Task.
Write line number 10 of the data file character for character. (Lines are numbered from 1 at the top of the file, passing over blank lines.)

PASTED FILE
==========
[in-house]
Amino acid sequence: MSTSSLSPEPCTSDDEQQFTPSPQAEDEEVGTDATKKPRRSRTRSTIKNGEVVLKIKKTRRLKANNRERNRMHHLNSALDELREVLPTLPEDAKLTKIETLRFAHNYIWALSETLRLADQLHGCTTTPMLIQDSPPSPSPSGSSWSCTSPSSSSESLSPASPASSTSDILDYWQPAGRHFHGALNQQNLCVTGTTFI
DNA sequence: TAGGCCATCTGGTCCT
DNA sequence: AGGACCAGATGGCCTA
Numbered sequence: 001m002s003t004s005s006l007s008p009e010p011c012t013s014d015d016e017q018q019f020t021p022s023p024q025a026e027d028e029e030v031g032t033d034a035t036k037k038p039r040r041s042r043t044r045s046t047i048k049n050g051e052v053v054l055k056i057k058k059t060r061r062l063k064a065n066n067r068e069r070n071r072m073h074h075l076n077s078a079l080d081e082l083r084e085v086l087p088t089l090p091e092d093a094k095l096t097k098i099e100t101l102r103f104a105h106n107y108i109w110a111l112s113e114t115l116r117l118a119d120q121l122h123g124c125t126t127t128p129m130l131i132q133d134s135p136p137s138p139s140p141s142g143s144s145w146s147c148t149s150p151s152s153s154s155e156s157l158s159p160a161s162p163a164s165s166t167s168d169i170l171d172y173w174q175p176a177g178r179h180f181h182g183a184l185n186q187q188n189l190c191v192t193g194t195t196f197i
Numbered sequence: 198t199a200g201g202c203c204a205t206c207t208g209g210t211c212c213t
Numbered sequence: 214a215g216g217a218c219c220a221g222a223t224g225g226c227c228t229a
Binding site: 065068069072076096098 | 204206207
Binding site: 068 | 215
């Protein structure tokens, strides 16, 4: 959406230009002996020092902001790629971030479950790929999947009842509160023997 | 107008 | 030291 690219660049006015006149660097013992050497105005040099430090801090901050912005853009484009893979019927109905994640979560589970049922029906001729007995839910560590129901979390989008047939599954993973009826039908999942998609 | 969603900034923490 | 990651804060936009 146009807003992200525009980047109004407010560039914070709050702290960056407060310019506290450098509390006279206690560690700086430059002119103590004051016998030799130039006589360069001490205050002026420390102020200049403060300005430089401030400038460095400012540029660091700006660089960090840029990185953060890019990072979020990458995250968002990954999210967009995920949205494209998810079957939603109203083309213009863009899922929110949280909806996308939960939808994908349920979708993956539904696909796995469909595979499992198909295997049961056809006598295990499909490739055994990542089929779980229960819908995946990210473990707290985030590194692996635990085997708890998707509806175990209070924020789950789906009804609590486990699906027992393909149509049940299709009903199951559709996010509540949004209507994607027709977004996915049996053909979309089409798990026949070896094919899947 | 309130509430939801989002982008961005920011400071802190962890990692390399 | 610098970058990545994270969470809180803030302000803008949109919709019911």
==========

């Protein structure tokens, strides 16, 4: 959406230009002996020092902001790629971030479950790929999947009842509160023997 | 107008 | 030291 690219660049006015006149660097013992050497105005040099430090801090901050912005853009484009893979019927109905994640979560589970049922029906001729007995839910560590129901979390989008047939599954993973009826039908999942998609 | 969603900034923490 | 990651804060936009 146009807003992200525009980047109004407010560039914070709050702290960056407060310019506290450098509390006279206690560690700086430059002119103590004051016998030799130039006589360069001490205050002026420390102020200049403060300005430089401030400038460095400012540029660091700006660089960090840029990185953060890019990072979020990458995250968002990954999210967009995920949205494209998810079957939603109203083309213009863009899922929110949280909806996308939960939808994908349920979708993956539904696909796995469909595979499992198909295997049961056809006598295990499909490739055994990542089929779980229960819908995946990210473990707290985030590194692996635990085997708890998707509806175990209070924020789950789906009804609590486990699906027992393909149509049940299709009903199951559709996010509540949004209507994607027709977004996915049996053909979309089409798990026949070896094919899947 | 309130509430939801989002982008961005920011400071802190962890990692390399 | 610098970058990545994270969470809180803030302000803008949109919709019911």